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Perhaps the best way to appreciate the art work of Harvey Bernard is to get a better understanding of his life. Harvey Bernard is a native of the Chosen Valley. Born and raised outside of Chatfield, he has lived in the area his whole life. He grew up the son of farmers and attended a one room school house, the Bernard School, with his brothers and cousins and other family members. You see, in those days the schools were located in such a way that no child had to walk more than two miles to school. So much for the old "five miles in chest deep snow, up hill both ways" story.
The Bernard school was located on the Bernard family farm and when a young teacher came, she would quite often board at one of the Bernard family’s homes.
Attending school in a one room schoolhouse was both a trial and a joy. Some winters mornings were so cold that it was difficult for the children to focus their attention on the teacher. Also those long trips out behind the school could be quite unpleasant; in the winter you froze and in the fall it was the flies. But there was joy too, like bringing your dinner (lunch) in a bucket and warming it all morning on the big iron furnace. By noon the food was hot and smelled delicious.
Harvey is a wealth of information regarding the formative years of the Chosen Valley. The school house he attended has been restored and moved to its present location west of Chatfield on Highway 30 and serves as the home of the Country Art Gallery. It contains the original desks for both the students and teachers. The old stove still stands in the corner keeping watch over the treasures. There is also a scrap book of pictures, report cards, and handwritten memories from graduates of the old country school.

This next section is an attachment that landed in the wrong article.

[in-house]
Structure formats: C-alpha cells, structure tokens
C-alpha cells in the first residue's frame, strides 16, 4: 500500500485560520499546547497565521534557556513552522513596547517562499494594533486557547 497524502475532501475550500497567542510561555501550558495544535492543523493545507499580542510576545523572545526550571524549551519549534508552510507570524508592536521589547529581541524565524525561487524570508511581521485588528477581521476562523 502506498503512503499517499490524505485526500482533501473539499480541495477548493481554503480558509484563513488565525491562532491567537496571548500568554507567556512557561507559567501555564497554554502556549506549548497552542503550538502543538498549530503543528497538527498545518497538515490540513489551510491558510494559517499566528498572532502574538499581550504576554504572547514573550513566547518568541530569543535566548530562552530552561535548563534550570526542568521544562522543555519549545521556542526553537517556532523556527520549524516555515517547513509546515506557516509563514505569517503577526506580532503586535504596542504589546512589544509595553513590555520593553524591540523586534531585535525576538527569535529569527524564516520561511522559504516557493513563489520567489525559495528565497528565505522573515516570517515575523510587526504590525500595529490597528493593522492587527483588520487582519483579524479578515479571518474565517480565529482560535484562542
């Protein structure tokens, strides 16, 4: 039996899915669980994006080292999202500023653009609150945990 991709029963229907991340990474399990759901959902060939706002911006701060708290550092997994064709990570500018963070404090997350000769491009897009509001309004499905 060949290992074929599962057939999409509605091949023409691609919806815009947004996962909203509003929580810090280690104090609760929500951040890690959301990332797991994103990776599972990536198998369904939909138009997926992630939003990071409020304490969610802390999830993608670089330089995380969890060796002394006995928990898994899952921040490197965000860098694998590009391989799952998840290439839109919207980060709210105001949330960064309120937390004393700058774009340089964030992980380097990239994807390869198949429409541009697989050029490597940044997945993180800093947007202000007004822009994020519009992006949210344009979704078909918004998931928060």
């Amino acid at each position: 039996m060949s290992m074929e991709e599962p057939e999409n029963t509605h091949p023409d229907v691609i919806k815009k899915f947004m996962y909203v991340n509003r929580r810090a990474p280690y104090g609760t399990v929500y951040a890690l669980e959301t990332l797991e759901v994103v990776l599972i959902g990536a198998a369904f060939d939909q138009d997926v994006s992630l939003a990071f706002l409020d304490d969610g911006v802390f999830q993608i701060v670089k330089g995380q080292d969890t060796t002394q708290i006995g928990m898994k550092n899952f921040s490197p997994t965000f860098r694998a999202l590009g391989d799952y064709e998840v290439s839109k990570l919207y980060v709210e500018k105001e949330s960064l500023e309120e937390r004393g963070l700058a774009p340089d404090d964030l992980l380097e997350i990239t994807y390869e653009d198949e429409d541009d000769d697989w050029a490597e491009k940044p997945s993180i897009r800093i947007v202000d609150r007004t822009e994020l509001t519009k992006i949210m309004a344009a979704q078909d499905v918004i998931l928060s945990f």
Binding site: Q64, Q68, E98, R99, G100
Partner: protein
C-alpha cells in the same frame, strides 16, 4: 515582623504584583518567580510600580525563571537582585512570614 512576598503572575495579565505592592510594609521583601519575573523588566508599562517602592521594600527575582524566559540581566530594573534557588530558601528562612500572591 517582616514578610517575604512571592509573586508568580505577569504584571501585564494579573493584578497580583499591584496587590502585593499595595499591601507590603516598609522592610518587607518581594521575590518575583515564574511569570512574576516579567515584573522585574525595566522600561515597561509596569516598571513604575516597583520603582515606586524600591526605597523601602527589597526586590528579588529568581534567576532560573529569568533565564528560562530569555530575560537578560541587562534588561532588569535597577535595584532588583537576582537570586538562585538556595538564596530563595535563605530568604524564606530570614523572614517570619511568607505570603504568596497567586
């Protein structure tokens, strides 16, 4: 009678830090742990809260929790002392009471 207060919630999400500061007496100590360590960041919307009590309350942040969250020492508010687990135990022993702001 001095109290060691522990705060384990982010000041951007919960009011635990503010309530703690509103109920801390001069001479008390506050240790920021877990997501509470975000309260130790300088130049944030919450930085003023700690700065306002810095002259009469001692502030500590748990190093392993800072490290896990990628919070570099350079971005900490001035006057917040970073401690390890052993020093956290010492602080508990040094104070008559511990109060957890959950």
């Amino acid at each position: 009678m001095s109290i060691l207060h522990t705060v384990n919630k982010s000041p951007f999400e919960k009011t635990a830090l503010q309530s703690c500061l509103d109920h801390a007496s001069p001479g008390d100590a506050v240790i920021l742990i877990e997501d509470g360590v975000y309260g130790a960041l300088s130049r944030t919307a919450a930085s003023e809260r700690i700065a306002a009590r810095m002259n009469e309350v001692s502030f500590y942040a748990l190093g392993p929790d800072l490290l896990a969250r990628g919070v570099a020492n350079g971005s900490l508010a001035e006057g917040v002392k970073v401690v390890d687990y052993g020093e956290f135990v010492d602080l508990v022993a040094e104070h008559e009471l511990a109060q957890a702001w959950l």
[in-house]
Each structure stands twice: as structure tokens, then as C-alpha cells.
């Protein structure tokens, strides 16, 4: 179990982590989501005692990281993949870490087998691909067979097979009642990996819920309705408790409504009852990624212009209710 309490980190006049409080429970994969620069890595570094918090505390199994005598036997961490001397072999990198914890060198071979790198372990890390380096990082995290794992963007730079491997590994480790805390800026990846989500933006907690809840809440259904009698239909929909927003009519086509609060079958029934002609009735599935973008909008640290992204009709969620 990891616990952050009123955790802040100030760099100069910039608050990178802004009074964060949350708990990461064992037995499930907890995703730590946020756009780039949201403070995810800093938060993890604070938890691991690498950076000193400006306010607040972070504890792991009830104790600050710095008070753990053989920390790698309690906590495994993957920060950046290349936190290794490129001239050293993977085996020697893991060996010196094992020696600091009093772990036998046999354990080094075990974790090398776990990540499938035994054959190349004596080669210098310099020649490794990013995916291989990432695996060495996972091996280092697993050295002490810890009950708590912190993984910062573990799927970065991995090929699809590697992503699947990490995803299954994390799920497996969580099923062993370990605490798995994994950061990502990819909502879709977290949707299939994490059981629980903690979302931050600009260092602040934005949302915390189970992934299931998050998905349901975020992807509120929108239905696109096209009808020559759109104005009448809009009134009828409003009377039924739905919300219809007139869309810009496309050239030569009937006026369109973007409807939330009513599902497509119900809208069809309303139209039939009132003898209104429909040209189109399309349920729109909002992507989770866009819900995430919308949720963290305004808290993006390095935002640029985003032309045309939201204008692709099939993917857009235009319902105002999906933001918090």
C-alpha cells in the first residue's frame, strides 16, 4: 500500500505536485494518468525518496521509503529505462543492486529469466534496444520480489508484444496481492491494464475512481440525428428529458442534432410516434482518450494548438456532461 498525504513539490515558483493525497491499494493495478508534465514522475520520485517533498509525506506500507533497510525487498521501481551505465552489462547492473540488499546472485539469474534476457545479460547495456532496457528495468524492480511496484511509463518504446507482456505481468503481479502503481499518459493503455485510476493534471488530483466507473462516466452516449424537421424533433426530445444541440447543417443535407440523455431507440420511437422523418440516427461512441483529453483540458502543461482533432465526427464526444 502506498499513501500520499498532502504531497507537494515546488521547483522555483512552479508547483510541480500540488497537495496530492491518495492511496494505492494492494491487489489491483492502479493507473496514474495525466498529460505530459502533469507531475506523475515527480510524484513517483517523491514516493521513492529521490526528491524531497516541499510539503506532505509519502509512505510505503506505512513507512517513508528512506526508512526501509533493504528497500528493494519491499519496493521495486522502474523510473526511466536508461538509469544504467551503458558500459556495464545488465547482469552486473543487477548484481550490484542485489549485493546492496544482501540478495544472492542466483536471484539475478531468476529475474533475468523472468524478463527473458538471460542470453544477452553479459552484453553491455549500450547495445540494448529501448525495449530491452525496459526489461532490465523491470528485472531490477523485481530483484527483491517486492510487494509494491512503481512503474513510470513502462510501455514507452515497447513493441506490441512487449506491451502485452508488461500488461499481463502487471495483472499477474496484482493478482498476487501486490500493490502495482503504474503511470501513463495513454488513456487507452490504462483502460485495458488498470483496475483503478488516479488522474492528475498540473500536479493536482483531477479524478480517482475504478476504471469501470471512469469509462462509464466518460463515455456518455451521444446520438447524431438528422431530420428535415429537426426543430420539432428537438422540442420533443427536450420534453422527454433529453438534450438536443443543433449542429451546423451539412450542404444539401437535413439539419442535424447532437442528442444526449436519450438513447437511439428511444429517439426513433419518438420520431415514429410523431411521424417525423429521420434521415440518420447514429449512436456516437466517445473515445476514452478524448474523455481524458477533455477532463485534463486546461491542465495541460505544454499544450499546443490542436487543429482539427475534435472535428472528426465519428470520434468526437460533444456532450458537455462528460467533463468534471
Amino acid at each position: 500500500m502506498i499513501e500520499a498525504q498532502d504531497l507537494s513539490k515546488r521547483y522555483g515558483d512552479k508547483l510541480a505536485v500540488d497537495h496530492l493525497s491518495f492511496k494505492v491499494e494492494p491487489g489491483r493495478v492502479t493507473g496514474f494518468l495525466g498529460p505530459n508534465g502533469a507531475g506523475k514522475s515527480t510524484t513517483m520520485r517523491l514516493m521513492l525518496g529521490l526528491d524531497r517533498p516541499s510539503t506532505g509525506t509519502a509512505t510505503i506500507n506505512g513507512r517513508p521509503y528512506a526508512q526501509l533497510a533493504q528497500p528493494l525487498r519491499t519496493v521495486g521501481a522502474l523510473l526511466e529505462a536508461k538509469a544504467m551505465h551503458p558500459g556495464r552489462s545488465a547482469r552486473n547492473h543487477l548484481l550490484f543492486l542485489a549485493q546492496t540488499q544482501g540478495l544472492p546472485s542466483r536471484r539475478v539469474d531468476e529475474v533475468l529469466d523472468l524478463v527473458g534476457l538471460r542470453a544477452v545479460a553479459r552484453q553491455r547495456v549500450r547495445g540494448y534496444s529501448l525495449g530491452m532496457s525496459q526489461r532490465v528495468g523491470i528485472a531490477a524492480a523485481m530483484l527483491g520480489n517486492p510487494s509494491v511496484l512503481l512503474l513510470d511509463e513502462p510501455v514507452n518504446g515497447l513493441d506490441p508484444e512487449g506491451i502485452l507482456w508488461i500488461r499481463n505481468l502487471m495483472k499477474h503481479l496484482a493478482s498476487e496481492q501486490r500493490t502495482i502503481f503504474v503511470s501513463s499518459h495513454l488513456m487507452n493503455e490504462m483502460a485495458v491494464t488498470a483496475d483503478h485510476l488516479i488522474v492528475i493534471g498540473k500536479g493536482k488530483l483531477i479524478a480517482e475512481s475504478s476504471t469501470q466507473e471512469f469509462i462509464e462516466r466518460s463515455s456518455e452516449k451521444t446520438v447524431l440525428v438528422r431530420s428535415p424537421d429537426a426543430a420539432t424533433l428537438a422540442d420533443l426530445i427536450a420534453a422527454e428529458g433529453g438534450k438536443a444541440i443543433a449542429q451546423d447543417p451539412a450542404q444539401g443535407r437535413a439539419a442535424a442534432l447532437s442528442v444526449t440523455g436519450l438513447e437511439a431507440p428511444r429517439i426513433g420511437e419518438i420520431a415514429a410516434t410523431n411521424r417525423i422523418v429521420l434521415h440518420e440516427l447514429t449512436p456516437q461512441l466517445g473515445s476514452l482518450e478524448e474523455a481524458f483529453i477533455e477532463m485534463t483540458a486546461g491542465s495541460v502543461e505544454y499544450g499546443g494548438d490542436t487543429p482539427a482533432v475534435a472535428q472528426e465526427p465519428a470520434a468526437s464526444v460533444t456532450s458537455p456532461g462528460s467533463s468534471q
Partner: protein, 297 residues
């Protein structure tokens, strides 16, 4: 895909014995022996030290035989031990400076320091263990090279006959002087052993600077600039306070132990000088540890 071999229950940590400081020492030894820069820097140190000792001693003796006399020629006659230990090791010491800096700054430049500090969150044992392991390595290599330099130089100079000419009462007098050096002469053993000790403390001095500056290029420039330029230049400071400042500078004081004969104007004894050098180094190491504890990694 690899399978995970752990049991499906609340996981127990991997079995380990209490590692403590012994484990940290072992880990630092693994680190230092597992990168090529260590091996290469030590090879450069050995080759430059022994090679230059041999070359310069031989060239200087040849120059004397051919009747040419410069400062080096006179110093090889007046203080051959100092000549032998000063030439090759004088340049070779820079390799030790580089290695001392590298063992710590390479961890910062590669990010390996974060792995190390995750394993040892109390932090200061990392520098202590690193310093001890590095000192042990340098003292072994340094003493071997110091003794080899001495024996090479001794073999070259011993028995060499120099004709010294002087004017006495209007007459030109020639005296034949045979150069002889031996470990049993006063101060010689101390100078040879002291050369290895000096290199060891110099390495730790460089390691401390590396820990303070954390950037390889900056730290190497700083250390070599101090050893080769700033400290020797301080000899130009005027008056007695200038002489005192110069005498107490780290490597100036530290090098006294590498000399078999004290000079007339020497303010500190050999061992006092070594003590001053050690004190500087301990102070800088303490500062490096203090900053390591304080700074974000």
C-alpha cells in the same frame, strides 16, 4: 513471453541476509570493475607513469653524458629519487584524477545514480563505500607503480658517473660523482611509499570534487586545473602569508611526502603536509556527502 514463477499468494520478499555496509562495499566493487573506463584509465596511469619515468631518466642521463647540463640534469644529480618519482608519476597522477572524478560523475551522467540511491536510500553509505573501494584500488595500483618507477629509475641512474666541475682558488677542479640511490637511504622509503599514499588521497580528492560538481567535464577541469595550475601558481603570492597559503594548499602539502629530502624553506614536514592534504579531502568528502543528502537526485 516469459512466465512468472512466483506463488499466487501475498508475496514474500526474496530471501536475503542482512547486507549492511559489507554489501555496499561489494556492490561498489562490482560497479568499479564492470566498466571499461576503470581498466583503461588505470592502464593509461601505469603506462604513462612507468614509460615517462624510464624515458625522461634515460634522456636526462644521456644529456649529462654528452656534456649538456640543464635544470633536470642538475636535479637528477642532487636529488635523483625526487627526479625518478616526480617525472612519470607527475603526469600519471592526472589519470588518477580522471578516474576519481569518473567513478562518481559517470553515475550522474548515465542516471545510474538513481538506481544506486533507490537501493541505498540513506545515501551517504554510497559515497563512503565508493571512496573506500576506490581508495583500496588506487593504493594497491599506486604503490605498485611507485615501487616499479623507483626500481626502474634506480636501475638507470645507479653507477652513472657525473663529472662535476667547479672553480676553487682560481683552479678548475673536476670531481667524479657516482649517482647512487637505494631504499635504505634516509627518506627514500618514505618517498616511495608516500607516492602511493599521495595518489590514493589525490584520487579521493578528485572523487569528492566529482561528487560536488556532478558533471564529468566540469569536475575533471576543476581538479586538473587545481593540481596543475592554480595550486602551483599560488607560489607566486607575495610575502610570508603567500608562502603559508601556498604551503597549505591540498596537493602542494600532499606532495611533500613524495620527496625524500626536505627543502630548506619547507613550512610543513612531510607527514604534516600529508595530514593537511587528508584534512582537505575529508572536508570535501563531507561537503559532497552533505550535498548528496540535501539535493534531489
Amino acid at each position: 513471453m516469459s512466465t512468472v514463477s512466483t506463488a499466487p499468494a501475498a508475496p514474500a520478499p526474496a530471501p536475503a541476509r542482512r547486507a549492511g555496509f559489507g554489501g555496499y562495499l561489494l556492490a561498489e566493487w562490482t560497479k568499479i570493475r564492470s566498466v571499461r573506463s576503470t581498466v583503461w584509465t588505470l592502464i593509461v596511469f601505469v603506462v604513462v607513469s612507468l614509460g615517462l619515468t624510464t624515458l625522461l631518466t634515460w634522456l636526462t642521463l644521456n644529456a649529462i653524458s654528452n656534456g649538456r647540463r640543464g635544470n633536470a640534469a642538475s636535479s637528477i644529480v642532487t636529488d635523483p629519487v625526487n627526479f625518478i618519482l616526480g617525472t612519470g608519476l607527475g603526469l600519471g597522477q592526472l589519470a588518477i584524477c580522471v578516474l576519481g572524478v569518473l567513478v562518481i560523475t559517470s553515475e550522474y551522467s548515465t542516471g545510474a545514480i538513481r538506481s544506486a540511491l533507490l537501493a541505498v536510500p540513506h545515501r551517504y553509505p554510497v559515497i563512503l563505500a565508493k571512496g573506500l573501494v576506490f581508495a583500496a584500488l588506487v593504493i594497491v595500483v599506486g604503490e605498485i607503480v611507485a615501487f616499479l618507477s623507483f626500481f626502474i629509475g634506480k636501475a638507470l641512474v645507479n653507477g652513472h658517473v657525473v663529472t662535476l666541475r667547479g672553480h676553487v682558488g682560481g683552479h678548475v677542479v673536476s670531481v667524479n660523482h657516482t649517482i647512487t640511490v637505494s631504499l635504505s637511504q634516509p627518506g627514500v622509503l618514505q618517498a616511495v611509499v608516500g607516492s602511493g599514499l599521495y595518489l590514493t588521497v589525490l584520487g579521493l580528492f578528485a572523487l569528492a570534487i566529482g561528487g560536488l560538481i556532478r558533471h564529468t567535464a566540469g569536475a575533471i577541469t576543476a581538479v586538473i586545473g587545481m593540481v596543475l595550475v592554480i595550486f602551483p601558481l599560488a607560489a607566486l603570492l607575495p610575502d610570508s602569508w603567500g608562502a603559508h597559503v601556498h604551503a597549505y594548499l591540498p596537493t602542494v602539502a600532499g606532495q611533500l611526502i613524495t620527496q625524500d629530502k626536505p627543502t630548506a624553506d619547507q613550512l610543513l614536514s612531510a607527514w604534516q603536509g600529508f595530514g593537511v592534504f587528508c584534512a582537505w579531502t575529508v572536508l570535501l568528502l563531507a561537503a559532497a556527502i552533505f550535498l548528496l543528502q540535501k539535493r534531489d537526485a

It was at that school that Harvey Bernard first learned of his talent for drawing. The busy life of a farm boy during the depression didn’t allow much time for artwork. But in 1946, Harvey’s life took a turn and he soon found that he had nothing but time on his hands.
WWII was over and the U.S. was in one of it’s prosperous periods. New homes were being built, which required laborers and those laborers had to eat, so farming was good. Harvey was happy to help out on his fathers farm. In the fall of that year, polio struck young Harvey and he would spend the next year and a half in the Polio Ward at Mayo Cli .....
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